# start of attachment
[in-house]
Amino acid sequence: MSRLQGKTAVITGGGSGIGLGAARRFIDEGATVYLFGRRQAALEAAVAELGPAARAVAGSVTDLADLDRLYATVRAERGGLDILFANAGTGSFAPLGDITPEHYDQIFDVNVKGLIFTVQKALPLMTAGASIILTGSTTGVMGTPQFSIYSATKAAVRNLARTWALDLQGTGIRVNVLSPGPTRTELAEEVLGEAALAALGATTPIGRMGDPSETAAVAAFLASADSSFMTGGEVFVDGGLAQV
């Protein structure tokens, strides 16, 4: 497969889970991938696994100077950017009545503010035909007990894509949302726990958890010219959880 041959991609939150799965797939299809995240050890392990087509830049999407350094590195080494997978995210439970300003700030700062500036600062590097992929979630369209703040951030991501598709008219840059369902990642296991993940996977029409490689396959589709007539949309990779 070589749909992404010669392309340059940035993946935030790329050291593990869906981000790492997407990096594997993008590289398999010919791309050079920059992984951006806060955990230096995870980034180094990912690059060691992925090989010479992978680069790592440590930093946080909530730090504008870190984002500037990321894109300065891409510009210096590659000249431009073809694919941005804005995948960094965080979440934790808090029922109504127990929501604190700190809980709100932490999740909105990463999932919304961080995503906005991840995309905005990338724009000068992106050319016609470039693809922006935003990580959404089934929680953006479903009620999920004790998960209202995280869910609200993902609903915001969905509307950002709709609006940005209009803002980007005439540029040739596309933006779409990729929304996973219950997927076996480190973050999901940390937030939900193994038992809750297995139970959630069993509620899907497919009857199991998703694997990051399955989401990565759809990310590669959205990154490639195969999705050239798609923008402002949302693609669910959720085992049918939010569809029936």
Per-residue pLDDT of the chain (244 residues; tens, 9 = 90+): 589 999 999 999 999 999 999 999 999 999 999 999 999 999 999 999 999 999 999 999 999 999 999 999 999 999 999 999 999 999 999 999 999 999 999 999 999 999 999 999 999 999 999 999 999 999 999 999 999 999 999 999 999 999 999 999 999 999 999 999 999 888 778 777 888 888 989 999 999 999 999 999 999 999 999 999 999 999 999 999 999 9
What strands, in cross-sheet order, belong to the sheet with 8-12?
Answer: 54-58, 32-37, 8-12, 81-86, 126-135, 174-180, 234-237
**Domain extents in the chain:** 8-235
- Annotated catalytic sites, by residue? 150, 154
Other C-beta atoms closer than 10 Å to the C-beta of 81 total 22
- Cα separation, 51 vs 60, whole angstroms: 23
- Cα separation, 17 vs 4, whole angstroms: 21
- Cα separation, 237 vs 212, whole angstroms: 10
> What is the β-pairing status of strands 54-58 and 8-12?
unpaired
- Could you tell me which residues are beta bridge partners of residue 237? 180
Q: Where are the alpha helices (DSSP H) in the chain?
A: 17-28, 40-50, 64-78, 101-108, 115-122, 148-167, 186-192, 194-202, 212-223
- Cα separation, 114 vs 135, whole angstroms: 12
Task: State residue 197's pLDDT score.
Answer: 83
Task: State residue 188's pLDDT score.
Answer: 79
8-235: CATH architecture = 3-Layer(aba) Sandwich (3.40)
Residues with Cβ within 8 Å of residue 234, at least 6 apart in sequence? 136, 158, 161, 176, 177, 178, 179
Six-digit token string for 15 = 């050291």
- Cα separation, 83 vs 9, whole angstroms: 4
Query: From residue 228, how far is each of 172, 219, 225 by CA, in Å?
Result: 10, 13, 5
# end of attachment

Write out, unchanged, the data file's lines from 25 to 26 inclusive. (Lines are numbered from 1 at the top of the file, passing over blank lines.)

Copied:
Six-digit token string for 15 = 């050291």
- Cα separation, 83 vs 9, whole angstroms: 4